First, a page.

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Everyday Hero Profile: Fred Austin

Posted on Mon, Jul 20, 2020

Lynden is recognizing employees who make a difference every day on the job and demonstrate our core values, Lynden's very own everyday heroes! Employees are nominated by managers and supervisors from all roles within the Lynden family of companies. Learn more about the people behind your shipment.

Introducing Fred Austin, an icon at Lynden Transport in Alaska.

Everyday Hero Fred AustinName: Fred Austin

Company: Lynden Transport

Titles: Driver, Trainer and Instructor

On the job since: 1975

Superpower: Mentoring

Hometown: Gig Harbor, WA

Favorite Movie: South Pacific

Bucket List Destination: Antarctica

For Fun: Spending quiet time with his bride after raising 34 foster kids

Icon of the Alcan
"To really understand Fred Austin, talk to the drivers, dispatchers and our friends on the road system," says Lynden Chairman Jim Jansen. "They share my description of this 'Icon of the Alcan' – a kind and thoughtful gentleman, loved by us all, who has professionally served Lynden and its customers, safely and efficiently, for over 40 years. Hopefully Fred will continue as a Lynden Everyday Hero for many more."

If you don't know Fred Austin, you have probably heard of him. His trademark red bandana, his ability to spin a humorous story and those twinkling blue eyes make the 85-year-old professional driver a legend on on the road.

Fred came to work for Lynden in 1975 at the start of pipeline construction in Fairbanks. He wanted to own a truck to operate for Lynden but could not afford one. "We sold him tractor 118 real cheap, the lemon of the fleet, which did him no favors," Jim remembers. Fred kept the 1969 Peterbilt operating reliably in spite of its reputation.

Fred's love of machines with big engines began early. "I started young, about 10 years old, running a small John Deere dozer on my dad's farm," he says. At 18, he started learning to drive truck – hauling logs in a 1942 GMC GI in the mountains near Mt. Rainier. "I got in on the last of the big gas engines – 200 horse – on the logging roads, getting about 3 miles a gallon on the highway." Operating heavy equipment and driving trucks was the perfect job for Fred who says "I was always looking for larger and louder equipment and more smoke. As the guys I work with tell me, the call of the throttle got me."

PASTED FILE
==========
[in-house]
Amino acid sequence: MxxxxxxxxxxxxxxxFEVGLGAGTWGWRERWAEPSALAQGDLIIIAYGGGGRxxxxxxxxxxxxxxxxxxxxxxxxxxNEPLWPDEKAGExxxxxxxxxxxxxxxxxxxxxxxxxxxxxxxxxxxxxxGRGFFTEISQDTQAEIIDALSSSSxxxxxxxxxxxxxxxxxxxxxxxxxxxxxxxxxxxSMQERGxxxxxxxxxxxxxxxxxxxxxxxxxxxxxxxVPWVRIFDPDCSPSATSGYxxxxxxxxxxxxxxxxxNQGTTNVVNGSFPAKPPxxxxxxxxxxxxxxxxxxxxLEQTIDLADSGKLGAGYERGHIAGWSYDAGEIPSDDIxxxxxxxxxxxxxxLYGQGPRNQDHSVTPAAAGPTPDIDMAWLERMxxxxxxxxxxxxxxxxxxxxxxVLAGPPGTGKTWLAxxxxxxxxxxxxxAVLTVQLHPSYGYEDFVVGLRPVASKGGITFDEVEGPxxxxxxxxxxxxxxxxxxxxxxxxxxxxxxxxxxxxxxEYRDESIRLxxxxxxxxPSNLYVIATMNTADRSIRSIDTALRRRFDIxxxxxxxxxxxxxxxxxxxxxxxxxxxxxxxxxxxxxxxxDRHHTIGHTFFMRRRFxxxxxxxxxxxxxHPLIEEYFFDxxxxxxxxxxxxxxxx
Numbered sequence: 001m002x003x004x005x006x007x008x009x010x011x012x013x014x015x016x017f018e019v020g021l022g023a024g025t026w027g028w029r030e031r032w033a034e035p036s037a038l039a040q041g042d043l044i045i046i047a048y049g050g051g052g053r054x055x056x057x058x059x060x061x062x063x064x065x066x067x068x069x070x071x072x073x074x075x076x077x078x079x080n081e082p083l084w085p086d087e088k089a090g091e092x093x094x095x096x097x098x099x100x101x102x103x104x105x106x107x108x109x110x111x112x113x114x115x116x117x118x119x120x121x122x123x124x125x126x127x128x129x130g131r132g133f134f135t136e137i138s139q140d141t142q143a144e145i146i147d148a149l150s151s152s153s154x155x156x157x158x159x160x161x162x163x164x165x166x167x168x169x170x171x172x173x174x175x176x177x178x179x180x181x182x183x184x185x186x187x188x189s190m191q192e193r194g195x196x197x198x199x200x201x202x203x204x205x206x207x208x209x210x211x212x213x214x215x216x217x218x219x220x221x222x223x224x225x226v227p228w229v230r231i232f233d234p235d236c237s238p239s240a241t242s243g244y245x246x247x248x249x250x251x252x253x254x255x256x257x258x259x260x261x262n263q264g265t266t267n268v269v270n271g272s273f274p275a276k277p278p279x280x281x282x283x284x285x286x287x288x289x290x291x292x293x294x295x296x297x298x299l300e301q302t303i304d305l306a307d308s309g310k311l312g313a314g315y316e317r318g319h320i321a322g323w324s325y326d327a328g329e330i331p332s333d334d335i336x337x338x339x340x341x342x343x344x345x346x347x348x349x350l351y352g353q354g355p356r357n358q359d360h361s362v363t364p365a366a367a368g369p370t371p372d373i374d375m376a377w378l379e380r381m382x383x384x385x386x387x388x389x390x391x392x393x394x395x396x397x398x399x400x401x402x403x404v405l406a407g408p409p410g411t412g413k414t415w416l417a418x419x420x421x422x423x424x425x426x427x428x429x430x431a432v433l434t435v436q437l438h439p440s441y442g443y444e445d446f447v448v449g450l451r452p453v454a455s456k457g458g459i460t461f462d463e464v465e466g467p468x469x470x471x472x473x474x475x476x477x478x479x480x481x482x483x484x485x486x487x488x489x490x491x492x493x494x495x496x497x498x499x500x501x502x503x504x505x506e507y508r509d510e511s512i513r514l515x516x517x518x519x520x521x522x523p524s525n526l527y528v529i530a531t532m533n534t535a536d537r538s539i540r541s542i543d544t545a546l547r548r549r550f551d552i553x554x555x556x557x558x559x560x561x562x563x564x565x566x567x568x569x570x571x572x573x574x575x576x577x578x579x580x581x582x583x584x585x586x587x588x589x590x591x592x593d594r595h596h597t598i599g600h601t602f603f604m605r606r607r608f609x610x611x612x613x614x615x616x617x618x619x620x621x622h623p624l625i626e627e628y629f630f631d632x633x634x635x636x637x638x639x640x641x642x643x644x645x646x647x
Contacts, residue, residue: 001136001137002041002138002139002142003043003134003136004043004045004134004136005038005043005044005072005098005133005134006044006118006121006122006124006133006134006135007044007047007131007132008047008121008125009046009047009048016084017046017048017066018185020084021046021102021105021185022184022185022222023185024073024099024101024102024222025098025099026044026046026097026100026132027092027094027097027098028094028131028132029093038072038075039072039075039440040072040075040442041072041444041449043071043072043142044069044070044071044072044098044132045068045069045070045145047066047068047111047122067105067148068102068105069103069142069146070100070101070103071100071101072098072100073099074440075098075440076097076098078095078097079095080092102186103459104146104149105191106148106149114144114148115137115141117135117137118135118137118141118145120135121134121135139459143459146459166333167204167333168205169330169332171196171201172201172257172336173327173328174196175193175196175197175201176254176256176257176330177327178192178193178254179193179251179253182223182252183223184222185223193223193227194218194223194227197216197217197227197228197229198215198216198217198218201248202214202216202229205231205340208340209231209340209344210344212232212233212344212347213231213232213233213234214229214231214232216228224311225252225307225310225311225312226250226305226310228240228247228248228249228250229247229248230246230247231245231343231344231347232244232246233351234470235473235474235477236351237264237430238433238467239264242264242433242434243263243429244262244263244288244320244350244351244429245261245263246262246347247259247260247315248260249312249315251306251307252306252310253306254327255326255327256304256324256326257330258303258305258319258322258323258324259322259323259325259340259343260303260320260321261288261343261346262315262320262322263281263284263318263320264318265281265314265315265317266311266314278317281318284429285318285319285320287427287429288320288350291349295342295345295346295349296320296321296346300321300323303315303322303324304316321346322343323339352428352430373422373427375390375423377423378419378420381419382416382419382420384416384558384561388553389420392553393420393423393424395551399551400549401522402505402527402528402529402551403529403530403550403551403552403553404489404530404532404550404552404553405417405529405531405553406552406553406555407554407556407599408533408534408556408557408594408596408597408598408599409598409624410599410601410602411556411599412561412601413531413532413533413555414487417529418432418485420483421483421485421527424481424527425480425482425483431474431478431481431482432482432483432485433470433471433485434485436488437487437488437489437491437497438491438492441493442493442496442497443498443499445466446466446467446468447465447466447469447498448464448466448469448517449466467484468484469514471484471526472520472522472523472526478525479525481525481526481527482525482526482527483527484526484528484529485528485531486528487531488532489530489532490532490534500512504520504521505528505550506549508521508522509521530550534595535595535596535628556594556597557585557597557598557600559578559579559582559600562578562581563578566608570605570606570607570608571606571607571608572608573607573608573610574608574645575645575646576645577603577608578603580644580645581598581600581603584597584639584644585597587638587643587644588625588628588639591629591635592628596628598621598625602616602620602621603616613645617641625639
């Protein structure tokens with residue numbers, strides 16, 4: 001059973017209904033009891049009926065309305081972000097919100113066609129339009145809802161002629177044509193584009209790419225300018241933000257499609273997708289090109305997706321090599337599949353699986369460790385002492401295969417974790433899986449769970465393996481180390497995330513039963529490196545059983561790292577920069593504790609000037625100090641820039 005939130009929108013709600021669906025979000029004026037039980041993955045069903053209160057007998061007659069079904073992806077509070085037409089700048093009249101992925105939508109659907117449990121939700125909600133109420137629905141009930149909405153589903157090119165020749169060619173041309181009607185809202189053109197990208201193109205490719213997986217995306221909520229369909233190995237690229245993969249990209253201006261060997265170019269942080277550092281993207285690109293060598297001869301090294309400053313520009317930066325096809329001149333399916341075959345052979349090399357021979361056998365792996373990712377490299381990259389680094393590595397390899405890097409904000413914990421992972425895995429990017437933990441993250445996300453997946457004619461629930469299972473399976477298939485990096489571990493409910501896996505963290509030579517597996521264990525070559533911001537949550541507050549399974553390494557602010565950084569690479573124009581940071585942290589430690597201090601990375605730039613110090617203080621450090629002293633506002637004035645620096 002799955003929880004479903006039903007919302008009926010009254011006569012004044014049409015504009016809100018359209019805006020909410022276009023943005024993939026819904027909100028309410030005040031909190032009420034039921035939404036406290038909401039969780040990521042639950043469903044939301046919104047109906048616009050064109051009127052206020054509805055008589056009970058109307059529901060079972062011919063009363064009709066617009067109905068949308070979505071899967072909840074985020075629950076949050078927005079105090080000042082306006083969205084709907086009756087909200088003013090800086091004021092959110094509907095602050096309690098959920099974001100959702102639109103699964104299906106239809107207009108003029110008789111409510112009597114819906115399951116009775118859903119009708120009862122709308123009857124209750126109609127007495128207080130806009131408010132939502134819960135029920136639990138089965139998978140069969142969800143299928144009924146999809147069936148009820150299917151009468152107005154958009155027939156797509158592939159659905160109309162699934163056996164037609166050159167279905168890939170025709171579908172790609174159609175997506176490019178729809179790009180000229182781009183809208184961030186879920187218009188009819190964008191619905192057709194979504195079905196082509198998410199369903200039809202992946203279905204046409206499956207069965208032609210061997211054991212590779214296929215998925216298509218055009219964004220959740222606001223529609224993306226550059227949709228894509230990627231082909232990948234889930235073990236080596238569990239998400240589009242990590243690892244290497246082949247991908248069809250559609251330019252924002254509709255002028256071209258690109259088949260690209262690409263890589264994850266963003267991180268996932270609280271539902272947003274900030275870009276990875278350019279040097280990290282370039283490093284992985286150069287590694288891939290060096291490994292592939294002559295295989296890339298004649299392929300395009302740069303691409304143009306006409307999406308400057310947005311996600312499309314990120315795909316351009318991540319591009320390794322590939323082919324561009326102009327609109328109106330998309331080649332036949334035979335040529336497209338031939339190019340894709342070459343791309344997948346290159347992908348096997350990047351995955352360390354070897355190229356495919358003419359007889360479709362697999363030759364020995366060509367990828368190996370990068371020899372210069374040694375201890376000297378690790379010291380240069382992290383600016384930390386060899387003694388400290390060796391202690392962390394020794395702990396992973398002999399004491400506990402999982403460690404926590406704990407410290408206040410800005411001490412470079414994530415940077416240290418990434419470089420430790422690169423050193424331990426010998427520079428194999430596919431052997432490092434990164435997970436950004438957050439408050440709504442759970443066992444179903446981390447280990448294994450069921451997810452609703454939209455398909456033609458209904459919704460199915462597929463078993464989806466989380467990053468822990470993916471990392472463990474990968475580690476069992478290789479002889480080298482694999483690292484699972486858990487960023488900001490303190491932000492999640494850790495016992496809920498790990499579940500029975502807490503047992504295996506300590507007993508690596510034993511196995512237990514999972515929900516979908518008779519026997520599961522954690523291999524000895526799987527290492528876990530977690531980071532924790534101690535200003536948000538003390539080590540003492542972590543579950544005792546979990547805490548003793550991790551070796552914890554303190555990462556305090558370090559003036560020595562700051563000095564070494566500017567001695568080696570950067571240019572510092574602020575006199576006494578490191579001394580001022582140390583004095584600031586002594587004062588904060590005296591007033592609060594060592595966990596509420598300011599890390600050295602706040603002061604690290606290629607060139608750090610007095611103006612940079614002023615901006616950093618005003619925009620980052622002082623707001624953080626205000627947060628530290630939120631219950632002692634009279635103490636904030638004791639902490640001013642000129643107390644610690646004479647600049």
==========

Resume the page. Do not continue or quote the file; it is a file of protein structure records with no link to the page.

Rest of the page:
In 1957, Fred joined the U.S. Navy and continued his driving career for Uncle Sam. "I was licensed to drive everything on wheels during my four years," he remembers. After his military career, it was back to the big machines. "My base for instructing at Lynden is my experience operating heavy equipment and driving log trucks," he explains.

In the mid-70s, Fred switched to lowboy trailers and LTL hauls for Lynden Transport. At this time, Fred and his wife Margery were busy raising six children plus four foster children. "The kids were mostly teenagers and they were eating a big pile of groceries," he says. "I took some side jobs as an owner-operator to keep the groceries coming during a bit of a slowdown at Lynden, but always stayed in contact with line dispatch. When work picked up at Lynden, I was under the green flag again."

During the pipeline construction many competing companies tried to lure Lynden drivers away with promises of higher salaries. "I always thought long-term and stayed with Lynden, and my decision proved correct. And here I am today!"

In addition to driving, Fred dispatched several years ago, and now serves as driver trainer and mentor while continuing to operate between Fairbanks and Beaver Creek, earning the respect of new drivers and veterans. In 2015, at age 79, he took the state test for Methods of Instruction Training and passed. He is the oldest person to sit for the test and continues to inspire and entertain students and instructors at the Lynden Training Center in Fairbanks.

Fred's stories were hard-earned while driving for Lynden. Retired Lynden Transport President Jim Beck remembers Fred's first trip from Beaver Creek. "The drive line in his tractor broke. He camped next to the truck for several days and made a new drive line out of a tree limb to complete the trip to Fairbanks," he says. "Fred is one of the finest drivers and gentleman you could ever meet."

Fairbanks Service Center Manager Darren Stansbury concurs. "Fred is an asset to the company and a true leader. No matter the situation Fred has a can-do attitude."

Fred feels it is his duty to pass on his knowledge and experience. "If I drive another million miles it will make no difference in this world, but if I can train someone to do the right thing and not get hurt, then I can make a difference in their life and the life of their family," he says.

Tags: Everyday Heroes

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